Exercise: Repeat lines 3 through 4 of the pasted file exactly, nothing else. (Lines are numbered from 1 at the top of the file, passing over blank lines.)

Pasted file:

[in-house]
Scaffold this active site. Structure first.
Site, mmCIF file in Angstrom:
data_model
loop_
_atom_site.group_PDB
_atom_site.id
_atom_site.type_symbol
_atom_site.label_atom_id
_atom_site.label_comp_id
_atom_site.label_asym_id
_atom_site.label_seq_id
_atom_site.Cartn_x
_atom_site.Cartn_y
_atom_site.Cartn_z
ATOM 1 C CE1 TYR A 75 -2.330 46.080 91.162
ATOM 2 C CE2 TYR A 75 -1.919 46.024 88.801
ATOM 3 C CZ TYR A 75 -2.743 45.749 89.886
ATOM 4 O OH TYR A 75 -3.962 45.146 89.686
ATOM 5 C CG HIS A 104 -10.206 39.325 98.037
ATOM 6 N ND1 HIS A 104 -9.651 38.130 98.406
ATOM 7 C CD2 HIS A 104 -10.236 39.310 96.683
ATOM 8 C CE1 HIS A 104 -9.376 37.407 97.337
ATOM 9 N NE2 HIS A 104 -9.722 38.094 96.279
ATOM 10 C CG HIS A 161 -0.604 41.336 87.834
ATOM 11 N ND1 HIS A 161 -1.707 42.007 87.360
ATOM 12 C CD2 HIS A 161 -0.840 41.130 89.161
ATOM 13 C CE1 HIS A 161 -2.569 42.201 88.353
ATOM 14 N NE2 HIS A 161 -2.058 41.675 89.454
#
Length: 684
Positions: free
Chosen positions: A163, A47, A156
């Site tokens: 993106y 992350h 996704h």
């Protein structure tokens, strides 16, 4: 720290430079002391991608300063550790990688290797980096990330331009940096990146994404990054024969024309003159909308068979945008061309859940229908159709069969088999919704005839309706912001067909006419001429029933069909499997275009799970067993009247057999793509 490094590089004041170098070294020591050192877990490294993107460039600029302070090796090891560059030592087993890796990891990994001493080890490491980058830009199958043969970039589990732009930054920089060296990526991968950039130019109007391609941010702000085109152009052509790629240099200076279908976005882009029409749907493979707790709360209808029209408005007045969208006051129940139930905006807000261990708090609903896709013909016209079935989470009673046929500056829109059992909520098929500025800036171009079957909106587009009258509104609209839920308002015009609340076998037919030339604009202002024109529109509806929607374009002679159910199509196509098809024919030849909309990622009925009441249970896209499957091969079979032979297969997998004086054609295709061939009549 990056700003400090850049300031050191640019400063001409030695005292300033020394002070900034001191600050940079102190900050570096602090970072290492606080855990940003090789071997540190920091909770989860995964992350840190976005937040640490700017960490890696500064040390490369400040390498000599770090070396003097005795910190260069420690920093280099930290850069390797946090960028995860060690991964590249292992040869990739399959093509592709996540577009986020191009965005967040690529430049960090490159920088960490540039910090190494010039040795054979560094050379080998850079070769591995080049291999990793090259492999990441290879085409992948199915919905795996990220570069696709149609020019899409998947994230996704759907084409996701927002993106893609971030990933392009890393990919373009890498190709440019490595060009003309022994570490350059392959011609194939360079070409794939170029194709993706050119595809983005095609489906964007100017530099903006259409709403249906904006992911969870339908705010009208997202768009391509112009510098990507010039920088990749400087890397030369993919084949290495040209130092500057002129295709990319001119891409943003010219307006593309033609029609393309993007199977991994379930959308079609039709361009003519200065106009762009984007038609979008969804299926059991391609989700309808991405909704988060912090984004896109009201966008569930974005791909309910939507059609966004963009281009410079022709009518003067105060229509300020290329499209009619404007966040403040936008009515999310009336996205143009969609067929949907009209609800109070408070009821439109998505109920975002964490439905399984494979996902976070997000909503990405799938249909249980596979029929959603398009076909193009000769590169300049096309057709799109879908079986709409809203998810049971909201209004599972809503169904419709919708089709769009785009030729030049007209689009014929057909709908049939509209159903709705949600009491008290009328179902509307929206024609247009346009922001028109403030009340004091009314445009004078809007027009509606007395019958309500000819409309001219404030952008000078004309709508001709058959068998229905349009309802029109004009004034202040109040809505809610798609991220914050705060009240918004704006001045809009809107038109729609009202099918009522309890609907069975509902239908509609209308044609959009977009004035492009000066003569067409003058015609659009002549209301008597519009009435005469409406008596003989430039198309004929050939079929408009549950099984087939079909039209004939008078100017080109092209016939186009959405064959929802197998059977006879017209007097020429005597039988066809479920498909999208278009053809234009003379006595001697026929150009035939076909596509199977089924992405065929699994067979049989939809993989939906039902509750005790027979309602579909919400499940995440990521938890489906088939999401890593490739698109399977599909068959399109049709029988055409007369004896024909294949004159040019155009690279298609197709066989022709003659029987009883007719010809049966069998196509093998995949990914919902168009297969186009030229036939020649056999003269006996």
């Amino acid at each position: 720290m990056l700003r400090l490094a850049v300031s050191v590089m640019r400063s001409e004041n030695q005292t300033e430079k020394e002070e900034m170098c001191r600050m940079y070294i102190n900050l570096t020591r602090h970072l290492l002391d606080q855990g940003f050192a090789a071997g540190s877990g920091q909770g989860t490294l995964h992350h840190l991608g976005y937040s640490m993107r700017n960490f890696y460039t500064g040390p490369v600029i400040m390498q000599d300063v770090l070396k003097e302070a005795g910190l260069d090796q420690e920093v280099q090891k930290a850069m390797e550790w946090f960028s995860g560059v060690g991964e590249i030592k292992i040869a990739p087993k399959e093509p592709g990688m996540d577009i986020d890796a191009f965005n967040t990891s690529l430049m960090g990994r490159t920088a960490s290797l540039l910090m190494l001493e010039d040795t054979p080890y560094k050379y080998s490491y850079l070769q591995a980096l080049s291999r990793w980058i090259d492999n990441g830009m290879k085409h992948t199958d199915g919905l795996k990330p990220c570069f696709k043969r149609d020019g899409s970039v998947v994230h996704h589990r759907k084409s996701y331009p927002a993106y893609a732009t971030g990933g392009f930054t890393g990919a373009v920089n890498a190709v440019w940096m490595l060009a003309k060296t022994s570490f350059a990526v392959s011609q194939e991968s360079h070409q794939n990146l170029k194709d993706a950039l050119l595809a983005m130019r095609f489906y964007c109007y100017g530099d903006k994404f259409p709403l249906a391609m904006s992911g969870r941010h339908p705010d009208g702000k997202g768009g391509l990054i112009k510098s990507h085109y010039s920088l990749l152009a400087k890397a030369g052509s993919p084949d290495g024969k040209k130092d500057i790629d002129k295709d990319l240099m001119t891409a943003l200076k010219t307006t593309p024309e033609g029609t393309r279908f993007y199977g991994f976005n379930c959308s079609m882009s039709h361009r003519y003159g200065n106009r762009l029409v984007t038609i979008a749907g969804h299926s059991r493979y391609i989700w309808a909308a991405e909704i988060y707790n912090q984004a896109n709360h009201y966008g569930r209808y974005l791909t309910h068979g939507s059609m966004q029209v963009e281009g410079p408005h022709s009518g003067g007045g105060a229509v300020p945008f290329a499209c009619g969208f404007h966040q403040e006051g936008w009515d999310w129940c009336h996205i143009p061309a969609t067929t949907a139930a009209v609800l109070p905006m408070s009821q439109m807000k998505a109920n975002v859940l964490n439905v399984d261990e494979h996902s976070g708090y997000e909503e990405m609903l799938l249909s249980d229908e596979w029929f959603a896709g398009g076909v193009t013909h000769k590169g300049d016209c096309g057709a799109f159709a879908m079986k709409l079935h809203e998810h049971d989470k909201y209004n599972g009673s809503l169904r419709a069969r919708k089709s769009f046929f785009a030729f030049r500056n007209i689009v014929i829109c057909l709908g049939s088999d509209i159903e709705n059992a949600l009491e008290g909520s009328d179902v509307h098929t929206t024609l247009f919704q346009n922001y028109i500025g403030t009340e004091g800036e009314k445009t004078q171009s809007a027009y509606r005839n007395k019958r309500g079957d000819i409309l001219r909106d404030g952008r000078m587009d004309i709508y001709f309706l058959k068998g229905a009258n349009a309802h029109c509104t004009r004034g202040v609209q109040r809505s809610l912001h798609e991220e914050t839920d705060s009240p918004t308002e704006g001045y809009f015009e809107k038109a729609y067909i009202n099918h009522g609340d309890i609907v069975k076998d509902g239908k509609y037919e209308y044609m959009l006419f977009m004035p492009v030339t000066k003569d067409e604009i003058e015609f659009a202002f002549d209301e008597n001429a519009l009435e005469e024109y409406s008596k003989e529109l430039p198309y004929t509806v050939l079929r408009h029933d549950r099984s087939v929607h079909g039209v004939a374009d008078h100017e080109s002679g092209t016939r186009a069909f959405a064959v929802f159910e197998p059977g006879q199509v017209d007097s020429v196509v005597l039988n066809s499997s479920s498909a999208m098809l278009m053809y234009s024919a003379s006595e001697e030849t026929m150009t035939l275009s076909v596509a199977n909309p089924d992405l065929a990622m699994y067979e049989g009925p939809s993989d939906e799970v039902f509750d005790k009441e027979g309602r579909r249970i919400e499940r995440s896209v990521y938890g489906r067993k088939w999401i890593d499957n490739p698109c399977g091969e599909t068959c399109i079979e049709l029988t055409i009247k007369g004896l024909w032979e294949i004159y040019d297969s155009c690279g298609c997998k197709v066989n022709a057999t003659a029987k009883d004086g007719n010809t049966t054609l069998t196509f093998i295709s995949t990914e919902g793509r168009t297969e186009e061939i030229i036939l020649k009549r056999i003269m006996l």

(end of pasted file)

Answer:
Site, mmCIF file in Angstrom:
data_model